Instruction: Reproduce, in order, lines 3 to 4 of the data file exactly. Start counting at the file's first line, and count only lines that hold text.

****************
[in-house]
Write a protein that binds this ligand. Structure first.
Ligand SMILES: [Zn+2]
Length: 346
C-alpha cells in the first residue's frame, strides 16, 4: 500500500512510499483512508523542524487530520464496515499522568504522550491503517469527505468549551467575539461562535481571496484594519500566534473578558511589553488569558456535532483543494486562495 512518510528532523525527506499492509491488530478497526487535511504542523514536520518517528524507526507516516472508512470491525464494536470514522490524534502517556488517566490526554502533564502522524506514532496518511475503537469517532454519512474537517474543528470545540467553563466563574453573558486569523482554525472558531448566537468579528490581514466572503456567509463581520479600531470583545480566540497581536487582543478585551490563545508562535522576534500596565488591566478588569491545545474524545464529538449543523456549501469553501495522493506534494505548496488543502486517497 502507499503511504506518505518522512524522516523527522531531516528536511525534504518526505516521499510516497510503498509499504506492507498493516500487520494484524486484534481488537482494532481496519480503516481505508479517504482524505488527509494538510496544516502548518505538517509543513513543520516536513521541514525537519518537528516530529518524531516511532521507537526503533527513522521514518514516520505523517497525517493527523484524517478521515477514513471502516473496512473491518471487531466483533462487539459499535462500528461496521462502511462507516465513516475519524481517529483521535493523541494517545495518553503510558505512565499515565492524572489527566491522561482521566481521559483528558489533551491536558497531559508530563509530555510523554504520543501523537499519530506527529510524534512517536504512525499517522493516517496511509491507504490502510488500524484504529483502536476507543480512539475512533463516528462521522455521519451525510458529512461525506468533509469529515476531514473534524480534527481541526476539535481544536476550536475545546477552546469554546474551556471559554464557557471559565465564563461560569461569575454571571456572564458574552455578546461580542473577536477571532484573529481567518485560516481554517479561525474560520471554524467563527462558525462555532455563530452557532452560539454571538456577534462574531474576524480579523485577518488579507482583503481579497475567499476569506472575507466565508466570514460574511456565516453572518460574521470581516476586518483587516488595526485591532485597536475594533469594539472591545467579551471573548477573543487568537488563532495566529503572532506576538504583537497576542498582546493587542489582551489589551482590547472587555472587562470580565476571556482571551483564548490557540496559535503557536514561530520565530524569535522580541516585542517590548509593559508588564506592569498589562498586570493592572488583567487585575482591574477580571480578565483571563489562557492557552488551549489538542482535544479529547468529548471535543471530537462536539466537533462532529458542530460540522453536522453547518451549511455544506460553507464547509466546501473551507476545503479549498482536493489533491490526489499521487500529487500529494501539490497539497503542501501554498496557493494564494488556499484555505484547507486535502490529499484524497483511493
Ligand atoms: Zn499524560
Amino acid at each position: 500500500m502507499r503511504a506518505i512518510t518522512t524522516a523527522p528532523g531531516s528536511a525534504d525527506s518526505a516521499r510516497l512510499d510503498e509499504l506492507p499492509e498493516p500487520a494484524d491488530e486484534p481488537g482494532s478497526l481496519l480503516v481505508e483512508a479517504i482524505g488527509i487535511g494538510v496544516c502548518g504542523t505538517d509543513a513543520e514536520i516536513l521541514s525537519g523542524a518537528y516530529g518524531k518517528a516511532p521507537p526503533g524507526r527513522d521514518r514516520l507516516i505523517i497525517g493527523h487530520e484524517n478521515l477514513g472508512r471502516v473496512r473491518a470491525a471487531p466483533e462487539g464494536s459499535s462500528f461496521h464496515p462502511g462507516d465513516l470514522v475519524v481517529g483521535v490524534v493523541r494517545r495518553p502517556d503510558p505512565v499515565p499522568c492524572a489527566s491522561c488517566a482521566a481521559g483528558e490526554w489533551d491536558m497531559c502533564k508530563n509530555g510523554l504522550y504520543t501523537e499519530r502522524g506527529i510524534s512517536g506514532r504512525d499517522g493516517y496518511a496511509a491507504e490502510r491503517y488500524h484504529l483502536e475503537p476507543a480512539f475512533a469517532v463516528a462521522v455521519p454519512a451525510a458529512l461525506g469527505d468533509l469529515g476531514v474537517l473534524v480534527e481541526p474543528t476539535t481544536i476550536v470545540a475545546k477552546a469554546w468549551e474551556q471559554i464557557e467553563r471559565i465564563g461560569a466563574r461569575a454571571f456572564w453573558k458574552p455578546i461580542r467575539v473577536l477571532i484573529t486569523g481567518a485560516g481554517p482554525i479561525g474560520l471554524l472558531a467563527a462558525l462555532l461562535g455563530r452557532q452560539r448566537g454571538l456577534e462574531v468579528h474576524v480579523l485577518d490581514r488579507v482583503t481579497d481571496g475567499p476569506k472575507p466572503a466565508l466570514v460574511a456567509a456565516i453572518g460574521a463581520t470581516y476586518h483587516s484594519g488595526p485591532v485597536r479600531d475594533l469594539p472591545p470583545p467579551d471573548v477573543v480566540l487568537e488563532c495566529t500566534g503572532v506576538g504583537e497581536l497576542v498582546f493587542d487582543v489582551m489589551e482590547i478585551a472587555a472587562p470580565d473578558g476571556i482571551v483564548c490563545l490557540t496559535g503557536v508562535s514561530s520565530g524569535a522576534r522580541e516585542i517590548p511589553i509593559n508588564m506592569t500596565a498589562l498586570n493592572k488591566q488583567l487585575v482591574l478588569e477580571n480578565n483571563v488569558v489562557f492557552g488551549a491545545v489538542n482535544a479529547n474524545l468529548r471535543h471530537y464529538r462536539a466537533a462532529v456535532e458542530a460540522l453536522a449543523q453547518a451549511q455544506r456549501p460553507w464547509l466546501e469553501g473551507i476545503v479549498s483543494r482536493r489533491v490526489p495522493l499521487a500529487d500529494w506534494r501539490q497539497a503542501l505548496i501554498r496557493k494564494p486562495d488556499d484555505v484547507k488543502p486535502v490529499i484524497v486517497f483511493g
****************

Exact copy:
Ligand SMILES: [Zn+2]
Length: 346